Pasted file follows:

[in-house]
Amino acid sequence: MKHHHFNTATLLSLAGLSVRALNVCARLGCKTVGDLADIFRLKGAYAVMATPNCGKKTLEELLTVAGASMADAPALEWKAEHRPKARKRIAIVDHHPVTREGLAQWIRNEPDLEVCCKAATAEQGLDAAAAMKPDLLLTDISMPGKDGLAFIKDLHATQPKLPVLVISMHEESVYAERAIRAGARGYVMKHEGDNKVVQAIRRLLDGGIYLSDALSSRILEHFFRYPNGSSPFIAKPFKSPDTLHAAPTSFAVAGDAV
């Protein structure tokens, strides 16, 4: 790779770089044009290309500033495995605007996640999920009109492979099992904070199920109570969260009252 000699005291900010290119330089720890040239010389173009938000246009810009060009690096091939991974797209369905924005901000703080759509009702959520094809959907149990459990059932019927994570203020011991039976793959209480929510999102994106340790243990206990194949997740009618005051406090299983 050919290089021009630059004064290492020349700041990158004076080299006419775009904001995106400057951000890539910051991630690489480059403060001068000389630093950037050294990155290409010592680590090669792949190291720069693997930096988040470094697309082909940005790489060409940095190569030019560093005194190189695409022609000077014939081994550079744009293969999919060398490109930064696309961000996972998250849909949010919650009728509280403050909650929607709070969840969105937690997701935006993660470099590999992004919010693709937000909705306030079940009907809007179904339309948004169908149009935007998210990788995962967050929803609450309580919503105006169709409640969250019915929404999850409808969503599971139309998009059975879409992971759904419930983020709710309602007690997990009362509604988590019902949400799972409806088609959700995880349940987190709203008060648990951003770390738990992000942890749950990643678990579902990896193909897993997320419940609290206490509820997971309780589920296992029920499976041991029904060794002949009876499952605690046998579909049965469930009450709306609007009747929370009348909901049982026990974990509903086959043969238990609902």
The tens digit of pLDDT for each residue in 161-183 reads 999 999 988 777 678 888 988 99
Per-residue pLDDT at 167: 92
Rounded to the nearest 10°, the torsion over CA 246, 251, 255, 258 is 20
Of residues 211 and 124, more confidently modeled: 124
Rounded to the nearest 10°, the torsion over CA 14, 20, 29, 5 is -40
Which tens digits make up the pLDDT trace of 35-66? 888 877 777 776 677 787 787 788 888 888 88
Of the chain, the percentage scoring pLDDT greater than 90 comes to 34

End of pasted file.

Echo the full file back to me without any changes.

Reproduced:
[in-house]
Amino acid sequence: MKHHHFNTATLLSLAGLSVRALNVCARLGCKTVGDLADIFRLKGAYAVMATPNCGKKTLEELLTVAGASMADAPALEWKAEHRPKARKRIAIVDHHPVTREGLAQWIRNEPDLEVCCKAATAEQGLDAAAAMKPDLLLTDISMPGKDGLAFIKDLHATQPKLPVLVISMHEESVYAERAIRAGARGYVMKHEGDNKVVQAIRRLLDGGIYLSDALSSRILEHFFRYPNGSSPFIAKPFKSPDTLHAAPTSFAVAGDAV
């Protein structure tokens, strides 16, 4: 790779770089044009290309500033495995605007996640999920009109492979099992904070199920109570969260009252 000699005291900010290119330089720890040239010389173009938000246009810009060009690096091939991974797209369905924005901000703080759509009702959520094809959907149990459990059932019927994570203020011991039976793959209480929510999102994106340790243990206990194949997740009618005051406090299983 050919290089021009630059004064290492020349700041990158004076080299006419775009904001995106400057951000890539910051991630690489480059403060001068000389630093950037050294990155290409010592680590090669792949190291720069693997930096988040470094697309082909940005790489060409940095190569030019560093005194190189695409022609000077014939081994550079744009293969999919060398490109930064696309961000996972998250849909949010919650009728509280403050909650929607709070969840969105937690997701935006993660470099590999992004919010693709937000909705306030079940009907809007179904339309948004169908149009935007998210990788995962967050929803609450309580919503105006169709409640969250019915929404999850409808969503599971139309998009059975879409992971759904419930983020709710309602007690997990009362509604988590019902949400799972409806088609959700995880349940987190709203008060648990951003770390738990992000942890749950990643678990579902990896193909897993997320419940609290206490509820997971309780589920296992029920499976041991029904060794002949009876499952605690046998579909049965469930009450709306609007009747929370009348909901049982026990974990509903086959043969238990609902």
The tens digit of pLDDT for each residue in 161-183 reads 999 999 988 777 678 888 988 99
Per-residue pLDDT at 167: 92
Rounded to the nearest 10°, the torsion over CA 246, 251, 255, 258 is 20
Of residues 211 and 124, more confidently modeled: 124
Rounded to the nearest 10°, the torsion over CA 14, 20, 29, 5 is -40
Which tens digits make up the pLDDT trace of 35-66? 888 877 777 776 677 787 787 788 888 888 88
Of the chain, the percentage scoring pLDDT greater than 90 comes to 34